Economic drivers

The big economic picture

The success of the on-going covid-19 vaccination programme means the government is feeling more confident in making predictions about the state of the national economy.

Although 2022 may see some measures implemented to contain spikes in covid-19 cases, the government is unlikely to reintroduce lockdown restrictions and accompanying support schemes on a similar scale to those announced at the start of the pandemic.

In 2021, gross domestic product (GDP) outperformed expectations and GDP bounced back from a low point in spring 2020.

Following the spending review in October 2021, the Office for Budget Responsibility (OBR) predicted that GDP will grow by 6% in 2022. 

GDP is one indicator of the economy’s health, alongside other more holistic indicators aside from GDP. Strong growth suggests that more people are doing more work and earning more money. This means more tax being paid and more money available for the government to spend.

However, prices are rising, which means the rate of inflation is high. The Bank of England predicts that inflation will continue to rise over the coming months, especially if fuel prices remain high, but that it will slow down within the next year. 

Sustained rises in wages could result in high inflation rates for longer. Charities should keep a close eye on inflation as this could impact staffing and service delivery costs as well as the cost of living and level of need in the communities that charities serve.

The labour market in flux

The labour market recovered beyond expectations in 2021, but in a way that experts find difficult to interpret. At the end of 2021, unemployment was low, but inactivity was relatively high in the same year.

Most people who were economically inactive were not looking for a job. For many, this was due to sickness or looking after family. Vacancies were reaching record highs and a large minority of charities reported that recruitment was increasingly difficult (October 2020 report pdf, 891KB).

This squeeze appears to be driven by people leaving the labour market altogether, rather than moving into different sectors.

Conversely, growing workforces in some sectors have been enabled by new people (re-)entering the workforce, such as mothers of young children.

Analysis suggests that most of the 1.2 million people who remained supported by the furlough scheme until the scheme had finished in September 2021 moved back into their jobs.

However, the pandemic appears to have driven a long-term shift in the types of work that the economy requires, and the coming year may bring further redundancies and more people leaving the labour market.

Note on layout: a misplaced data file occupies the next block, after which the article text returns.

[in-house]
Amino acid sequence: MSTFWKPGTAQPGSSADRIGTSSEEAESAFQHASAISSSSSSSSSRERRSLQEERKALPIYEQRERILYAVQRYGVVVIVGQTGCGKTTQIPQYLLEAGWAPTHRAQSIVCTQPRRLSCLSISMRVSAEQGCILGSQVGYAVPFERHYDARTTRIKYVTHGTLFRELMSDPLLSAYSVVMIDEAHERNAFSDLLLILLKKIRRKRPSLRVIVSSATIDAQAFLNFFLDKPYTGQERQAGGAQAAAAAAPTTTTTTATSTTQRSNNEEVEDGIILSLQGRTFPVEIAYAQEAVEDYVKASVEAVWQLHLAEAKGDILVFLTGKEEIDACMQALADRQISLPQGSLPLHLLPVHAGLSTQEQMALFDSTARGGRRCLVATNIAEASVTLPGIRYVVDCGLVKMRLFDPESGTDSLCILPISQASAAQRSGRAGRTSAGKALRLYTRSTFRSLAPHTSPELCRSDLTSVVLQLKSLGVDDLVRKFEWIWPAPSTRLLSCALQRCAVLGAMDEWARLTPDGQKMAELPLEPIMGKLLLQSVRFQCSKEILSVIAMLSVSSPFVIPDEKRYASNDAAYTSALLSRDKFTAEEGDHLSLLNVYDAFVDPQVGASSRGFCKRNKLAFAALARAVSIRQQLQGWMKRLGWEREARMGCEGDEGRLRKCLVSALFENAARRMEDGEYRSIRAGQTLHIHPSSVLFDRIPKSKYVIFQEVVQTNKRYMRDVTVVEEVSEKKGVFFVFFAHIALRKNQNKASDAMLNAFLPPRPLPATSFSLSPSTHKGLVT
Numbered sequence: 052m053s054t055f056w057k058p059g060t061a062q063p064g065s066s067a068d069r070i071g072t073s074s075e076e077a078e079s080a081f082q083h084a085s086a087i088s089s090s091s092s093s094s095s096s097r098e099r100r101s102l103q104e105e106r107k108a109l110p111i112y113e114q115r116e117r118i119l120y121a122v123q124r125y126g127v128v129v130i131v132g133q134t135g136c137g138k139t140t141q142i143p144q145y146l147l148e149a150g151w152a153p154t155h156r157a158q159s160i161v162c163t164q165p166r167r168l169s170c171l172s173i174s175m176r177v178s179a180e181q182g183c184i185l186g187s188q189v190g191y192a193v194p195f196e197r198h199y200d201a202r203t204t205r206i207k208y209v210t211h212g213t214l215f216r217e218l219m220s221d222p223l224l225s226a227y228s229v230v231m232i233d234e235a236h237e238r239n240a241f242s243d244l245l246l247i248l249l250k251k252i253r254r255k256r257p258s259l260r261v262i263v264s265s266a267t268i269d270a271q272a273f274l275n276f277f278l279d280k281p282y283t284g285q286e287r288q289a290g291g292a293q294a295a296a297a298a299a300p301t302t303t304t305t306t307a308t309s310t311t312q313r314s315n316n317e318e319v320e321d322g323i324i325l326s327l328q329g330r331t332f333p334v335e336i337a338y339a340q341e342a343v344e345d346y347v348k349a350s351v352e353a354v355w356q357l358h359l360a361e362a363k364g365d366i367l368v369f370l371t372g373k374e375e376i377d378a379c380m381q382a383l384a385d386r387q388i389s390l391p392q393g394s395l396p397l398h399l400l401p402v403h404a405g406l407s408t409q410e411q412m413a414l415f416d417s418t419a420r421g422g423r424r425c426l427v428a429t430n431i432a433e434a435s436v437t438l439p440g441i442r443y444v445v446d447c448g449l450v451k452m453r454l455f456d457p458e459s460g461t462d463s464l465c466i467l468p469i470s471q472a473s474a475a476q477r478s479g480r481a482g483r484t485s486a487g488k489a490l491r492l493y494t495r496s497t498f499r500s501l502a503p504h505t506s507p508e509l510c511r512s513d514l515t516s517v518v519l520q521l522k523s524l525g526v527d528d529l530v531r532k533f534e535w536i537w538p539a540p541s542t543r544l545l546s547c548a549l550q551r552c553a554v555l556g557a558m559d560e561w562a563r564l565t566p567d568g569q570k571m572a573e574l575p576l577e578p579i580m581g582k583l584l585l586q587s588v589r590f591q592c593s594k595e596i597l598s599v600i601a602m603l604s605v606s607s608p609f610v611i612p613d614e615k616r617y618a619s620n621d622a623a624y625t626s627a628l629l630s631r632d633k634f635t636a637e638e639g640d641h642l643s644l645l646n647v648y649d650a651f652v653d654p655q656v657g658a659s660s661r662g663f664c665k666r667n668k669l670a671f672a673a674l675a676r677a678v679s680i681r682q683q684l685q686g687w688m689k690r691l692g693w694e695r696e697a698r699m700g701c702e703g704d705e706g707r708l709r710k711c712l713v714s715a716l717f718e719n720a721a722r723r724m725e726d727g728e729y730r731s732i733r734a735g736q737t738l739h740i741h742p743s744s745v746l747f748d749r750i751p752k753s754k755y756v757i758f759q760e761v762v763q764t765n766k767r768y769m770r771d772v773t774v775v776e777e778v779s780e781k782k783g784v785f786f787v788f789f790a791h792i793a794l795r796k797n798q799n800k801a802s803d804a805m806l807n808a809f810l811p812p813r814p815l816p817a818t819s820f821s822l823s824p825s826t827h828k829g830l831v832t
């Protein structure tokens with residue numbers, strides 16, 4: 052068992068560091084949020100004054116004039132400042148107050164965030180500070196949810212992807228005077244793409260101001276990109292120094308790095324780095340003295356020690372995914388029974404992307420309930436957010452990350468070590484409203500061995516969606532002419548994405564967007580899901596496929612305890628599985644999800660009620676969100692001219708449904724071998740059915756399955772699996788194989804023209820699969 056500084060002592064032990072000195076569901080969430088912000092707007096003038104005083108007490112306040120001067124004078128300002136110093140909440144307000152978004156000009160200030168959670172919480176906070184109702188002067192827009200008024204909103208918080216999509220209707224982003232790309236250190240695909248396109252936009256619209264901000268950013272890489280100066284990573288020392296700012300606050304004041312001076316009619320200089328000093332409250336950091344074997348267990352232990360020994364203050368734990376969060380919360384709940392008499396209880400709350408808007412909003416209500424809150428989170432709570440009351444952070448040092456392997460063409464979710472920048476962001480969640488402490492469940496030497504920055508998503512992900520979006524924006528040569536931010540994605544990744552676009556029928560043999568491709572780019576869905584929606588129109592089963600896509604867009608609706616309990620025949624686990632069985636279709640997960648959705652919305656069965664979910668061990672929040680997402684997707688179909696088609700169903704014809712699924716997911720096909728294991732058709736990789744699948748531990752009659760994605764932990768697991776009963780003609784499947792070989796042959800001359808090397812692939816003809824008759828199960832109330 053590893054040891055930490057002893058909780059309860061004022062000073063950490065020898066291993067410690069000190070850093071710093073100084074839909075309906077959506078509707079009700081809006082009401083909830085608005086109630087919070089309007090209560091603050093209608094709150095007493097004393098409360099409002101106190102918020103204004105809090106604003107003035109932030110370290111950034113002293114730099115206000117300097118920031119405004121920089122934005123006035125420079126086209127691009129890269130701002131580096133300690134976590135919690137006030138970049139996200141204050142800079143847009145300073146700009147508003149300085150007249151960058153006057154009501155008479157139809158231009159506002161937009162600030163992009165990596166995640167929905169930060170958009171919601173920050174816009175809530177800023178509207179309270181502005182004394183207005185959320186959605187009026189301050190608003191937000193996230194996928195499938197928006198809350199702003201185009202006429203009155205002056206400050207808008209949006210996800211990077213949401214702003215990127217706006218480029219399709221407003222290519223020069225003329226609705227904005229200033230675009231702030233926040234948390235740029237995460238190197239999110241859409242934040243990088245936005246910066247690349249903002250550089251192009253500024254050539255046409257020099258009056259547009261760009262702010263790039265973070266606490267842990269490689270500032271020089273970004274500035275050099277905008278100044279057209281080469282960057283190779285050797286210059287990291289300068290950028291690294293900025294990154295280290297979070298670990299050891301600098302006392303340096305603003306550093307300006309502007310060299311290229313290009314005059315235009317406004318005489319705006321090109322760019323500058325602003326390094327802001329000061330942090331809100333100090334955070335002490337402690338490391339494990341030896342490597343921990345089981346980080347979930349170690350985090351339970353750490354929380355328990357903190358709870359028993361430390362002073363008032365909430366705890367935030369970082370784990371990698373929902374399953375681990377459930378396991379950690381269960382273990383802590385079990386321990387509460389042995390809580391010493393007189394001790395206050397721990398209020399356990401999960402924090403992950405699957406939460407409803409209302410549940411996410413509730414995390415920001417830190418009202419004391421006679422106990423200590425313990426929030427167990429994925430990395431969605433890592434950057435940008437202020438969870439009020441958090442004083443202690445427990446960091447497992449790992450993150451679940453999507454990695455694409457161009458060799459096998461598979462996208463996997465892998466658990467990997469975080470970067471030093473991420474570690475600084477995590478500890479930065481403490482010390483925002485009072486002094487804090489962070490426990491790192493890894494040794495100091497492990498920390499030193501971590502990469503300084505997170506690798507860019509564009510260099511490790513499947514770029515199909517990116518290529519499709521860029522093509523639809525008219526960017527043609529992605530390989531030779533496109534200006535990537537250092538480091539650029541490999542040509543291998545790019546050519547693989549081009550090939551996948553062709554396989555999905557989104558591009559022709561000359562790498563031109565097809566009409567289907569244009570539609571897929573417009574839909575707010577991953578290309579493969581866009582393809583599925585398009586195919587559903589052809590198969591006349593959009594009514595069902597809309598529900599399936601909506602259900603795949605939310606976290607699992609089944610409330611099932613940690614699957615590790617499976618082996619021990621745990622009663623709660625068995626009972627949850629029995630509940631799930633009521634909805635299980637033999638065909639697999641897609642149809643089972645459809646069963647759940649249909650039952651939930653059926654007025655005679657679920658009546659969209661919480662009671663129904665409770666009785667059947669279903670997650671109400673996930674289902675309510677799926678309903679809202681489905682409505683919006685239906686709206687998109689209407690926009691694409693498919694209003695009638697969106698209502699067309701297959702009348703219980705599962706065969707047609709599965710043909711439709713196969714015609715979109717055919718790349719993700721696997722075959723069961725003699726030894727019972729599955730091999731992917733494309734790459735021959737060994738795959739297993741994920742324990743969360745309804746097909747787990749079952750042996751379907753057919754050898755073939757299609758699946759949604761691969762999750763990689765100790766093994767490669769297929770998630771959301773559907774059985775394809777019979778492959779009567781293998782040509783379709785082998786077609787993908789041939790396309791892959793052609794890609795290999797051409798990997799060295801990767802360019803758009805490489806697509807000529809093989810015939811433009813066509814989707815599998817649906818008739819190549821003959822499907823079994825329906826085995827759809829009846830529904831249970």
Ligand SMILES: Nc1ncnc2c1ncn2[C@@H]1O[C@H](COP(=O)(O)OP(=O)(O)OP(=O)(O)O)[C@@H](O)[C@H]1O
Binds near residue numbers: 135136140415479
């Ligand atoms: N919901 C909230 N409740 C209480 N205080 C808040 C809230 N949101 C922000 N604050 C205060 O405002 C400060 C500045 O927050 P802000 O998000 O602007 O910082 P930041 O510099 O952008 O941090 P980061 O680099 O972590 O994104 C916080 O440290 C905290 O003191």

All of this points to a mismatch between the jobs available and the skills and motivations of working-age people. This could drive wage growth, and therefore inflation, in the short- to medium-term, as organisations compete to attract staff.

It could also provide opportunities for organisations delivering education, training, and support for job seekers if more people begin looking to move into new sectors.

This flux in the labour market could have implications for volunteer availability. Higher numbers of people either in paid work, or inactive due to other commitments or sickness, could mean fewer people have time to volunteer.

NCVO’s Almanac 2021 found that the voluntary sector paid workforce grew by 3% from 2019 to 2020, and 20% since 2010. Charities are economic agents with a collective expenditure of £55bn and play a vital role in supporting people to work.

Charities should consider both how their service users may be affected by barriers and inequalities in accessing work, and what they as employers can do to hire more marginalised people and provide good-quality jobs.

Action on the economy

Government spending from 2022 is set to grow, with more long-term investment in priorities such as the transition to net zero and health and social care. To fund this, taxes are set to rise to 36% of GDP – the highest level since just after World War II. 

The new health and social care levy will be payable from April 2022. As noted by the Charity Tax Group , even if charities can access some relief from the new levy, 'employees will still be liable, and this is likely to have a knock-on impact on charities’ wage settlements and therefore payroll costs'.